Use this URL to cite or link to this record in EThOS: http://ethos.bl.uk/OrderDetails.do?uin=uk.bl.ethos.675948
Title: Endothelial progenitor cell responses to hypoxia : role of bone morphogenetic protein/gremlin signalling
Author: Ali, Imran Hussain Ahemad
ISNI:       0000 0004 5372 1821
Awarding Body: Queen's University Belfast
Current Institution: Queen's University Belfast
Date of Award: 2014
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Abstract:
Endothelial progenitor cells (EPCs) are vascular stem cells which hold the ability to repair and or replace damaged vasculature. EPCs have already been shown to improve patient outcomes in myocardial infarction and limb ischemia. Before EPCs can be considered for therapeutic angiogenesis in patients, we first must fully understand how these cells function and respond to the hypoxia milieu that is ever present in diabetic complications. This study has found chronic hypoxia affects OEC function and drives OECs towards a stress induced premature senescence. Chronic hypoxia markedly reduced OEC proliferation, downregulated markers commonly associated with stem and progenitor cells, reduced Akt and several of its substrates activation with increased SA-p-gal activity. The mRNA of members of the BMP/Smad pathway were increased in response to hypoxia however, this was not reflected at the protein level. OECs only responded to rhBMP-7 treatment with activation of the canonical Smad pathway. Gremlin a BMP antagonist which is also involved limb, lung and kidney development has recently been implicated in angiogenesis. This thesis further supports Gremlins role in angiogenesis as we report an increase in VEGFR2 activation which enhanced OEC angiogenic potential through increased tube formation and migration in OECs with rhGremlin treatment. Since Gremlin is known to be essential in the limb, lung and kidney formation its potential involvement in eye and retinal vasculature development was determined through the generation of grem1-/- mice. Our data suggests Gremlin may not be critical in the eye and retina development as the eyes of grem1-/- mice were comparable to the wild type control mice. However, there was a slight decrease in the number of branching retinal vessels which suggests Gremlin may regulate the vascularisation of the retina. In summary, data in this thesis advances our understanding of OEC function under hypoxic conditions and highlights novel roles for BMP-7 and Gremlin in OEC biology and blood vessel formation.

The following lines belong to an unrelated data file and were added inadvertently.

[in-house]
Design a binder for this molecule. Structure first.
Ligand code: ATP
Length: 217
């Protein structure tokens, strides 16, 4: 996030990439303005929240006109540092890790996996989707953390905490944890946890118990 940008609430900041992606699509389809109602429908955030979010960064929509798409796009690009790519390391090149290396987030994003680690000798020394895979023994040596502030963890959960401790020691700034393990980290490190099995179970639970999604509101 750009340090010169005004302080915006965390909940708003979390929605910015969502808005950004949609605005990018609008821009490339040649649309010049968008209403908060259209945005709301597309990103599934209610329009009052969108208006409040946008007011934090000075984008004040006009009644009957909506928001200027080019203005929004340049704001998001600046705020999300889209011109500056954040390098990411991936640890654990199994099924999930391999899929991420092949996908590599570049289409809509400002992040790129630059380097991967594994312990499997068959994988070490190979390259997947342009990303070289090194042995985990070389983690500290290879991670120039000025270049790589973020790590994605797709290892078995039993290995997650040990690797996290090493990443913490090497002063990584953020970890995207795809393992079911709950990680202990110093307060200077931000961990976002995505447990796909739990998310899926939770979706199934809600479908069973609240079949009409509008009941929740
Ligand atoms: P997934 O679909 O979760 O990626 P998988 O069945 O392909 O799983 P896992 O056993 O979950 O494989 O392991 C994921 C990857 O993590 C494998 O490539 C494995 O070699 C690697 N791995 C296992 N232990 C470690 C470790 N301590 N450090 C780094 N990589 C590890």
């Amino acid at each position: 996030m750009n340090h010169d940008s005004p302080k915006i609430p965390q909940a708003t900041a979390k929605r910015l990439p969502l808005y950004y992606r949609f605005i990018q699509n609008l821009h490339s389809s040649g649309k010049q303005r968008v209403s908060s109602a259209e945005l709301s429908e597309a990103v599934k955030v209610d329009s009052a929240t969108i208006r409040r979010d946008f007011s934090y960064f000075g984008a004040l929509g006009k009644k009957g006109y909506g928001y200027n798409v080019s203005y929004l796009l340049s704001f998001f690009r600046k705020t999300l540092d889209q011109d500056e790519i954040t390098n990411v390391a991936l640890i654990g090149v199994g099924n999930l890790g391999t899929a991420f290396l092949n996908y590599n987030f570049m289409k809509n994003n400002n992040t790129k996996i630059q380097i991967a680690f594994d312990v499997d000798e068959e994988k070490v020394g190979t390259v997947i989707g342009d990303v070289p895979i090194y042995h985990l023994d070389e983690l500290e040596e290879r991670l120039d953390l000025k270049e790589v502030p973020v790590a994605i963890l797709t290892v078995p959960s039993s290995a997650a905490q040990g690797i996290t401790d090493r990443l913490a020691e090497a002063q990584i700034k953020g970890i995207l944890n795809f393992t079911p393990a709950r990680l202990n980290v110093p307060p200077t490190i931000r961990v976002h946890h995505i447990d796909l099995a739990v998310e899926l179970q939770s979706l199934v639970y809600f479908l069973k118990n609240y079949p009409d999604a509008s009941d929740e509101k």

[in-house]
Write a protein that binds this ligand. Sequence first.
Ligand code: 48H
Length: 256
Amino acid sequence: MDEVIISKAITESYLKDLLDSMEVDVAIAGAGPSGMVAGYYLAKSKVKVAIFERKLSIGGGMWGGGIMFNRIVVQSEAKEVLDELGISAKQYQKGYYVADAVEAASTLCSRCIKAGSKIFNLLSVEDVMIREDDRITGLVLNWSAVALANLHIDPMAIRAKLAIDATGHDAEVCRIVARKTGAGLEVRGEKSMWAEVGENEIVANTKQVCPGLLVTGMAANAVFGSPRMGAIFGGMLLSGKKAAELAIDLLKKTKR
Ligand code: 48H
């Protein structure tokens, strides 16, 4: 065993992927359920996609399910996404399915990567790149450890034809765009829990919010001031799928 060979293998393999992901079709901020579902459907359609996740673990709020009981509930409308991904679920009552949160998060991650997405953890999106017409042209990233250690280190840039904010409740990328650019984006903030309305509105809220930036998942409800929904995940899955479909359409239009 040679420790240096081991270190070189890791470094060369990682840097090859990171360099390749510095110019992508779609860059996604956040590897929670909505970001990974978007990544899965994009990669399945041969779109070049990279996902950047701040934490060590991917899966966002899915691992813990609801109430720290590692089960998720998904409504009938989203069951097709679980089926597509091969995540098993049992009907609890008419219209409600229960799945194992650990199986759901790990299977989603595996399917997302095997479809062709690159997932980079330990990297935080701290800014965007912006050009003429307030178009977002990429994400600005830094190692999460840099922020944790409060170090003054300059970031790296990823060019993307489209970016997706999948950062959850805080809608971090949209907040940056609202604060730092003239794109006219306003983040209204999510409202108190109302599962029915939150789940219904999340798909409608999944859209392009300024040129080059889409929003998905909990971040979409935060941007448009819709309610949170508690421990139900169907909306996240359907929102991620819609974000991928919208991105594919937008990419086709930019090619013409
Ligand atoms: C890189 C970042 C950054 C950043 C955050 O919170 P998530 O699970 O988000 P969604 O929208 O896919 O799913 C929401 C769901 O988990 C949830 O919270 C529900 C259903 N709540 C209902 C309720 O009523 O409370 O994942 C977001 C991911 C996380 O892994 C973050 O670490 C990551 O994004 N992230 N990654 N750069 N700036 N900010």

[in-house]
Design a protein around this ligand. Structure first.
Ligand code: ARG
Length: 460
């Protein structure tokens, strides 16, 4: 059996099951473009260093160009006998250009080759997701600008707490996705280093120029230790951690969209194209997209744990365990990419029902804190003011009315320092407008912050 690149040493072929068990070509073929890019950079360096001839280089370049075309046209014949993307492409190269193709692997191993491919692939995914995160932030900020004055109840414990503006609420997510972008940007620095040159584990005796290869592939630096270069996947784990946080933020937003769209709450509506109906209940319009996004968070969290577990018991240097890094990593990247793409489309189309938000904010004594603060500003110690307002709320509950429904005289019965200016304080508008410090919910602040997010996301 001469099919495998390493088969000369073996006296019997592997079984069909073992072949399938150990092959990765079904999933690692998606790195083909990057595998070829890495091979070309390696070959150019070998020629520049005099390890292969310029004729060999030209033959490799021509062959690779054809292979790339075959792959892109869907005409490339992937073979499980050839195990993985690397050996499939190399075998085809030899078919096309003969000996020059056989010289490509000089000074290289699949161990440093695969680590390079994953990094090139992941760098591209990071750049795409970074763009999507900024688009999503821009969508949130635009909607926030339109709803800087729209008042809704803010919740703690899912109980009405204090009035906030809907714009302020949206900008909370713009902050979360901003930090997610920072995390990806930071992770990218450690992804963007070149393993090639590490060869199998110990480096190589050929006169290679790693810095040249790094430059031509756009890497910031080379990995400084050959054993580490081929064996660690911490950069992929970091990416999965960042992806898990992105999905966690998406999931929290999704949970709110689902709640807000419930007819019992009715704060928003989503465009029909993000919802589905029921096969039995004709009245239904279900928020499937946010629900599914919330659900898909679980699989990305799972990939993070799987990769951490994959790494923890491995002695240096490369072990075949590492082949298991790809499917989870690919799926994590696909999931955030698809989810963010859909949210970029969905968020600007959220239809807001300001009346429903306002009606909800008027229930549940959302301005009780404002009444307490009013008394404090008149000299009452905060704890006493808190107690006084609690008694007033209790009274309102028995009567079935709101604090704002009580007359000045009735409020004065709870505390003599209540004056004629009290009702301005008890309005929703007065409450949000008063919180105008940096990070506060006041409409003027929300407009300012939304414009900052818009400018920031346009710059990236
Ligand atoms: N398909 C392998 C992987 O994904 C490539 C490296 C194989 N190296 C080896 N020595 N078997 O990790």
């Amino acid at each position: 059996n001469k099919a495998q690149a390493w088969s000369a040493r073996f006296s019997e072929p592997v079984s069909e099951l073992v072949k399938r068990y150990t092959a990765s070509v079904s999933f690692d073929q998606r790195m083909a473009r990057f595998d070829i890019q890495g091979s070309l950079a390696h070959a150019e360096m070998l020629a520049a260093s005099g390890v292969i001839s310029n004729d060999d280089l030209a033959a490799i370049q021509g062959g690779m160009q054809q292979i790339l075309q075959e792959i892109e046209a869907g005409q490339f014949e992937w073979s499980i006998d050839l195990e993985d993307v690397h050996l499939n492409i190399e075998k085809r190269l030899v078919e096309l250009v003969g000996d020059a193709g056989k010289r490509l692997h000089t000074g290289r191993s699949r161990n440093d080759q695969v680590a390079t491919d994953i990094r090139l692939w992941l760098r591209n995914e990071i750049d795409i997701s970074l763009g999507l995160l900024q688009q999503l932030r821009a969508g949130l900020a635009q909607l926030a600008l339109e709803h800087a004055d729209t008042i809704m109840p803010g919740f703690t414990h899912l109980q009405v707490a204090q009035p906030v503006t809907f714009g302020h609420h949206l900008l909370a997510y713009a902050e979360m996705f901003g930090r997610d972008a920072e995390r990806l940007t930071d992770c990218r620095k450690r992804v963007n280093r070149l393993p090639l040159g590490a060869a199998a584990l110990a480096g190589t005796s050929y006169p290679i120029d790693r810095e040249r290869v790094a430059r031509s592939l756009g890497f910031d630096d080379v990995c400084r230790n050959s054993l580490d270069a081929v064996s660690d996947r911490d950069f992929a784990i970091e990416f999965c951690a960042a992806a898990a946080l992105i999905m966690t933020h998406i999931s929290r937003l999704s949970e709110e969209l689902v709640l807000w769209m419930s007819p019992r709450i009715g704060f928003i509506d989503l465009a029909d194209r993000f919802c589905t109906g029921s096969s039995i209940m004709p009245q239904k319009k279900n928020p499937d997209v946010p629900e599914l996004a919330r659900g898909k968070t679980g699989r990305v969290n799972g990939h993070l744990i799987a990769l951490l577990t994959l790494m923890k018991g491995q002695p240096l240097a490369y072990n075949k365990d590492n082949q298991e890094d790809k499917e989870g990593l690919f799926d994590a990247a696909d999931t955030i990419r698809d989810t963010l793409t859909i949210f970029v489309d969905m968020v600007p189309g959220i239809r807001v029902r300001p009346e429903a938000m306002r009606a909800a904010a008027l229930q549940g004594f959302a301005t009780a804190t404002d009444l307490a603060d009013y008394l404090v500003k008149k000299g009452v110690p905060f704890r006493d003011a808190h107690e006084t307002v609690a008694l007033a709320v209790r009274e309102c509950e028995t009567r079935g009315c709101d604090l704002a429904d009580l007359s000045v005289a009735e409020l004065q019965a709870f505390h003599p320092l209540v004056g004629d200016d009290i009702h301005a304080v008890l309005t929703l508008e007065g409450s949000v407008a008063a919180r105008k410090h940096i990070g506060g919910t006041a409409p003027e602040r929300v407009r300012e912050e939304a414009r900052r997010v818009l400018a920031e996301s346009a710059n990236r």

Supervisor: Not available Sponsor: Not available
Qualification Name: Thesis (Ph.D.) Qualification Level: Doctoral
EThOS ID: uk.bl.ethos.675948  DOI: Not available
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